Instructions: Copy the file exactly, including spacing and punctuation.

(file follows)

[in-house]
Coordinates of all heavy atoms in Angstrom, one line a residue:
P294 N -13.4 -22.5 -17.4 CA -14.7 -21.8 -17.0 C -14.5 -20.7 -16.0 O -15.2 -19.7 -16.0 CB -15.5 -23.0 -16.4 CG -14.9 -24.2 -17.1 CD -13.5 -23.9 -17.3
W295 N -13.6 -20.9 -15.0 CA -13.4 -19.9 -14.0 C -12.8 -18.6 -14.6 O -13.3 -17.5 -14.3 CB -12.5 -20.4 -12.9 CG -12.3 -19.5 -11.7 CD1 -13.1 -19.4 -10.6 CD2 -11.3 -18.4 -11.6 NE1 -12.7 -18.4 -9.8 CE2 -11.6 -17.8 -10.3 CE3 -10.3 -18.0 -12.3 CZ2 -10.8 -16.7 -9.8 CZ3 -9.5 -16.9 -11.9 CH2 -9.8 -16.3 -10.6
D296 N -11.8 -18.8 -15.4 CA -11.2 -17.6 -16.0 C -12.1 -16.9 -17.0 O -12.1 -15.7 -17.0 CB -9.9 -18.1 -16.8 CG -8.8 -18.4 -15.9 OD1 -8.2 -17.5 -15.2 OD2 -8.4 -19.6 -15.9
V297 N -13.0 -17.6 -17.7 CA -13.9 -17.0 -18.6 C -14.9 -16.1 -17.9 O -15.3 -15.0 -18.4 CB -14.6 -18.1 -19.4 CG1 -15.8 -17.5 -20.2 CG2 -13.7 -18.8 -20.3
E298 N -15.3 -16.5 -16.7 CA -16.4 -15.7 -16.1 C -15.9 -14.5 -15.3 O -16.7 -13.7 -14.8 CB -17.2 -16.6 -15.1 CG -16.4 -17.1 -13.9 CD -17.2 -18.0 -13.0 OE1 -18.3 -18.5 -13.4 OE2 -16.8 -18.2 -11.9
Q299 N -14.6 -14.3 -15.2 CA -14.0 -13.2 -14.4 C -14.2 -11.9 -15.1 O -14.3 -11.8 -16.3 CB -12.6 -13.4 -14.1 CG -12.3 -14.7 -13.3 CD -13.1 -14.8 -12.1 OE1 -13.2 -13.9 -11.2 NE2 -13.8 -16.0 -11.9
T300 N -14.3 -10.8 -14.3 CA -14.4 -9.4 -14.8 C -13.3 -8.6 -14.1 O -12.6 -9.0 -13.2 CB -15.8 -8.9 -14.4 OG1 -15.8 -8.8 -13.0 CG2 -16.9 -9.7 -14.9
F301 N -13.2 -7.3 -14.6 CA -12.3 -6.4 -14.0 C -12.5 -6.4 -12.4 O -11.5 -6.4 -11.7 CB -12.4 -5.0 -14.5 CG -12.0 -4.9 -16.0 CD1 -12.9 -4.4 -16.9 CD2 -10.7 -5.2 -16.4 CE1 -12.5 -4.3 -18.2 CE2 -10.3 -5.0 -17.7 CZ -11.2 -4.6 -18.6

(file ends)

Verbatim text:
[in-house]
Coordinates of all heavy atoms in Angstrom, one line a residue:
P294 N -13.4 -22.5 -17.4 CA -14.7 -21.8 -17.0 C -14.5 -20.7 -16.0 O -15.2 -19.7 -16.0 CB -15.5 -23.0 -16.4 CG -14.9 -24.2 -17.1 CD -13.5 -23.9 -17.3
W295 N -13.6 -20.9 -15.0 CA -13.4 -19.9 -14.0 C -12.8 -18.6 -14.6 O -13.3 -17.5 -14.3 CB -12.5 -20.4 -12.9 CG -12.3 -19.5 -11.7 CD1 -13.1 -19.4 -10.6 CD2 -11.3 -18.4 -11.6 NE1 -12.7 -18.4 -9.8 CE2 -11.6 -17.8 -10.3 CE3 -10.3 -18.0 -12.3 CZ2 -10.8 -16.7 -9.8 CZ3 -9.5 -16.9 -11.9 CH2 -9.8 -16.3 -10.6
D296 N -11.8 -18.8 -15.4 CA -11.2 -17.6 -16.0 C -12.1 -16.9 -17.0 O -12.1 -15.7 -17.0 CB -9.9 -18.1 -16.8 CG -8.8 -18.4 -15.9 OD1 -8.2 -17.5 -15.2 OD2 -8.4 -19.6 -15.9
V297 N -13.0 -17.6 -17.7 CA -13.9 -17.0 -18.6 C -14.9 -16.1 -17.9 O -15.3 -15.0 -18.4 CB -14.6 -18.1 -19.4 CG1 -15.8 -17.5 -20.2 CG2 -13.7 -18.8 -20.3
E298 N -15.3 -16.5 -16.7 CA -16.4 -15.7 -16.1 C -15.9 -14.5 -15.3 O -16.7 -13.7 -14.8 CB -17.2 -16.6 -15.1 CG -16.4 -17.1 -13.9 CD -17.2 -18.0 -13.0 OE1 -18.3 -18.5 -13.4 OE2 -16.8 -18.2 -11.9
Q299 N -14.6 -14.3 -15.2 CA -14.0 -13.2 -14.4 C -14.2 -11.9 -15.1 O -14.3 -11.8 -16.3 CB -12.6 -13.4 -14.1 CG -12.3 -14.7 -13.3 CD -13.1 -14.8 -12.1 OE1 -13.2 -13.9 -11.2 NE2 -13.8 -16.0 -11.9
T300 N -14.3 -10.8 -14.3 CA -14.4 -9.4 -14.8 C -13.3 -8.6 -14.1 O -12.6 -9.0 -13.2 CB -15.8 -8.9 -14.4 OG1 -15.8 -8.8 -13.0 CG2 -16.9 -9.7 -14.9
F301 N -13.2 -7.3 -14.6 CA -12.3 -6.4 -14.0 C -12.5 -6.4 -12.4 O -11.5 -6.4 -11.7 CB -12.4 -5.0 -14.5 CG -12.0 -4.9 -16.0 CD1 -12.9 -4.4 -16.9 CD2 -10.7 -5.2 -16.4 CE1 -12.5 -4.3 -18.2 CE2 -10.3 -5.0 -17.7 CZ -11.2 -4.6 -18.6